If I exercise faith toward God for Brian’s decisions, I will radiate peace and joy and make it easy for Brian to fulfill his God given role. I am still growing and learning, but I pray that God will continue to give me grace to be a truly helpful helper to my husband!
2005 at 11:03 am | by Nicole Whitacre
On Tuesday I wrote about how a jazz concert inspired me to delight in my role as helper to my husband. In her book, Feminine Appeal (pages 109-111), Mom elaborates on the importance of our role as helper, and it’s implications for us as home managers. This is one of those nuggets of advice that I have found to be consistently relevant.
“Scripture has provided a job description for us as managers of our homes, and it is surprisingly simple, We are to be our husband’s helper (Gen. 1:26-31; 2:7-25; 1 Cor. 11:8-9). As Douglas Wilson elaborates:
‘The man needs the help; the woman needs to help. Marriage was created by God to provide companionship in the labor of dominion. The cultural mandate, the requirement to fill and subdue the earth, is still in force, and a husband cannot fulfill this portion of the task in isolation. He needs a companion suitable for him in the work to which God has called him. He is called to the work and must receive help from her. She is called to the work through ministering to him. He is oriented to the task and she is oriented to him.’ (emphasis mine)
Douglas Wilson, Reforming Marriage (Moscow, Ida.: Canon Press, 1995), p. 16
When we understand that our main objective as home managers is to be oriented to our husbands, this clarifies our responsibilities. We can easily determine what we should do and how we should do it by asking ourselves, ‘What will most help my husband?’ The answer to this question is usually obvious and uncomplicated…
Orienting our lives to our husbands not only helps them, but it helps us as well. When we adapt our lifestyles to serve our husbands, it helps to keep our schedules manageable. Oftentimes we feel pulled in multiple directions by the demands of family, friends, church, school, and community—not to mention our own desires. We try to please everyone, only to feel frustrated and frazzled at the end of the day. However, when we build our lives around helping our husbands, all other ‘needs’ have to assume their proper place on our calendars—that is, if they even belong there at all.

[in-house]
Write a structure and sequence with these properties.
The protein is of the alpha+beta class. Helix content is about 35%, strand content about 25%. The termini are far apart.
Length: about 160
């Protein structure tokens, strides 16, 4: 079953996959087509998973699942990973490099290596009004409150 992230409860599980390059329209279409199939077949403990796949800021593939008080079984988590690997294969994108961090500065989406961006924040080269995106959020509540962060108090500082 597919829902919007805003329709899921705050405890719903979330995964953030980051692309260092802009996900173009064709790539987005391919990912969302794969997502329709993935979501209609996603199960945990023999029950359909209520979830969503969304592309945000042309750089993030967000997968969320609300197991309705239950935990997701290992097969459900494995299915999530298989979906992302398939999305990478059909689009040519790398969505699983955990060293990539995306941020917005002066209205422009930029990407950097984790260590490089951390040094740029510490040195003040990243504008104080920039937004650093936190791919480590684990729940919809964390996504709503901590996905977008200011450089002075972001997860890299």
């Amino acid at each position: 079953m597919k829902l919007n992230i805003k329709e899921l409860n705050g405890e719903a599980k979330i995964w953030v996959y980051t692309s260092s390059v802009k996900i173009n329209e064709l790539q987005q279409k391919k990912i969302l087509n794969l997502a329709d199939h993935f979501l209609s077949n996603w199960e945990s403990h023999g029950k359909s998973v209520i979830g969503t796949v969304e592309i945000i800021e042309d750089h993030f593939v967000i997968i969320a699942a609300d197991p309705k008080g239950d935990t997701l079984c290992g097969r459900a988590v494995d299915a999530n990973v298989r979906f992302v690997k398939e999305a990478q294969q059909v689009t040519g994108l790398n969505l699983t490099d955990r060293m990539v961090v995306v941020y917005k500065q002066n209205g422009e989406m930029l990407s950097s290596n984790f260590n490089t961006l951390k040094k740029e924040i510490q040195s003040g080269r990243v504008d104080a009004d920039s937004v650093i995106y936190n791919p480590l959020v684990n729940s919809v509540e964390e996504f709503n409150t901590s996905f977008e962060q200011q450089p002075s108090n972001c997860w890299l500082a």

So why don’t we ask our husbands today how we can best help them? And let’s not assume that we can ascertain their preferences through this one-time inquiry. Rather, we ought to frequently solicit their thoughts and opinions so we can manage the home to their liking.”
That last paragraph especially is a good reminder for me: to not assume I’ve got this helper thing down, but to consistently ask myself “What will most help my husband? and to regularly ask Steve as well.
2005 at 6:14 pm | by Janelle Bradshaw
Q. I am 18 years old and would like to know how to be “just friends” with the guys in our church, but don’t know how. Can you give me any advice?
A. It wasn’t so long ago now that I was navigating my way through the teen years and into early adulthood. One issue always lurking in the shadows was “friendships with guys.” How do these relationships look different from those with my girlfriends? How much time do I spend with them? Is it okay to hang out one on one or talk on the phone?
I always wished for a simple set of rules—just a little list of “do’s and dont’s” that I could carry around in my pocket. These rules would guarantee me success, and I would no longer have to worry about that little conscience of mine. However, I learned early on that this one was a wisdom issue, and that Scripture was the primary source for that wisdom.
In 1 Timothy 5:1-2, Paul tells Timothy that he should, “Treat…younger women like sisters, in all purity.” Now if the guys are going to treat us as “sisters in all purity,” then we in turn must act like sisters, in purity! Here in this verse is the wisdom we so desperately need. We must ask ourselves—do I treat my guy friends as I would my own brother? Am I walking in absolute purity toward all young men?
For myself, I realized that my heart often had many competing motives at work in my relationships with guys. Instead of thinking and acting like a sister, I sometimes found myself wanting the attention of a particular guy. I also wanted other girls to think I had a sufficient number of guys that called me “friend.” Often times, the motives behind my relationships with guys were not God-honoring.